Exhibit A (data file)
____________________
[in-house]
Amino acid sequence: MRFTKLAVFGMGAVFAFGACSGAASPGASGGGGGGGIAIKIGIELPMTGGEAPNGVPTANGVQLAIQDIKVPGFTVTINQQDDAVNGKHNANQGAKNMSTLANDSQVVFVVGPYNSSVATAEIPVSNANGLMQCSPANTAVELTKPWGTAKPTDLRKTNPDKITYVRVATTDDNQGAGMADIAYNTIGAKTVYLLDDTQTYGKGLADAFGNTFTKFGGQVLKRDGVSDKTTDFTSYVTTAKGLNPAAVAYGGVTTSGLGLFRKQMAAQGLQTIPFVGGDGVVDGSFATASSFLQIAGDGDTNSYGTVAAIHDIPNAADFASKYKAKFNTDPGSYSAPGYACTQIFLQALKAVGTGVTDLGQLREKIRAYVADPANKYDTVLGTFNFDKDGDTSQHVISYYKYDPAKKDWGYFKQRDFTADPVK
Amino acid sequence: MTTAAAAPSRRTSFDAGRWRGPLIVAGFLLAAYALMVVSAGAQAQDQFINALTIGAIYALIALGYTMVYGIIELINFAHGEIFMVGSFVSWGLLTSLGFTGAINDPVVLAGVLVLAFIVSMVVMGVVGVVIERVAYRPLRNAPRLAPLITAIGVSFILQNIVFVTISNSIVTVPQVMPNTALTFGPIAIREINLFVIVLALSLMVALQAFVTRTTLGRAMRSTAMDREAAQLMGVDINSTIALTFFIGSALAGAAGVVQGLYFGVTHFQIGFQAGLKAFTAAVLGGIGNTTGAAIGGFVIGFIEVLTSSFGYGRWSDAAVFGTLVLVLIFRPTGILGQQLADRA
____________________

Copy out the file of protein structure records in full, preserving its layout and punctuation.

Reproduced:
[in-house]
Amino acid sequence: MRFTKLAVFGMGAVFAFGACSGAASPGASGGGGGGGIAIKIGIELPMTGGEAPNGVPTANGVQLAIQDIKVPGFTVTINQQDDAVNGKHNANQGAKNMSTLANDSQVVFVVGPYNSSVATAEIPVSNANGLMQCSPANTAVELTKPWGTAKPTDLRKTNPDKITYVRVATTDDNQGAGMADIAYNTIGAKTVYLLDDTQTYGKGLADAFGNTFTKFGGQVLKRDGVSDKTTDFTSYVTTAKGLNPAAVAYGGVTTSGLGLFRKQMAAQGLQTIPFVGGDGVVDGSFATASSFLQIAGDGDTNSYGTVAAIHDIPNAADFASKYKAKFNTDPGSYSAPGYACTQIFLQALKAVGTGVTDLGQLREKIRAYVADPANKYDTVLGTFNFDKDGDTSQHVISYYKYDPAKKDWGYFKQRDFTADPVK
Amino acid sequence: MTTAAAAPSRRTSFDAGRWRGPLIVAGFLLAAYALMVVSAGAQAQDQFINALTIGAIYALIALGYTMVYGIIELINFAHGEIFMVGSFVSWGLLTSLGFTGAINDPVVLAGVLVLAFIVSMVVMGVVGVVIERVAYRPLRNAPRLAPLITAIGVSFILQNIVFVTISNSIVTVPQVMPNTALTFGPIAIREINLFVIVLALSLMVALQAFVTRTTLGRAMRSTAMDREAAQLMGVDINSTIALTFFIGSALAGAAGVVQGLYFGVTHFQIGFQAGLKAFTAAVLGGIGNTTGAAIGGFVIGFIEVLTSSFGYGRWSDAAVFGTLVLVLIFRPTGILGQQLADRA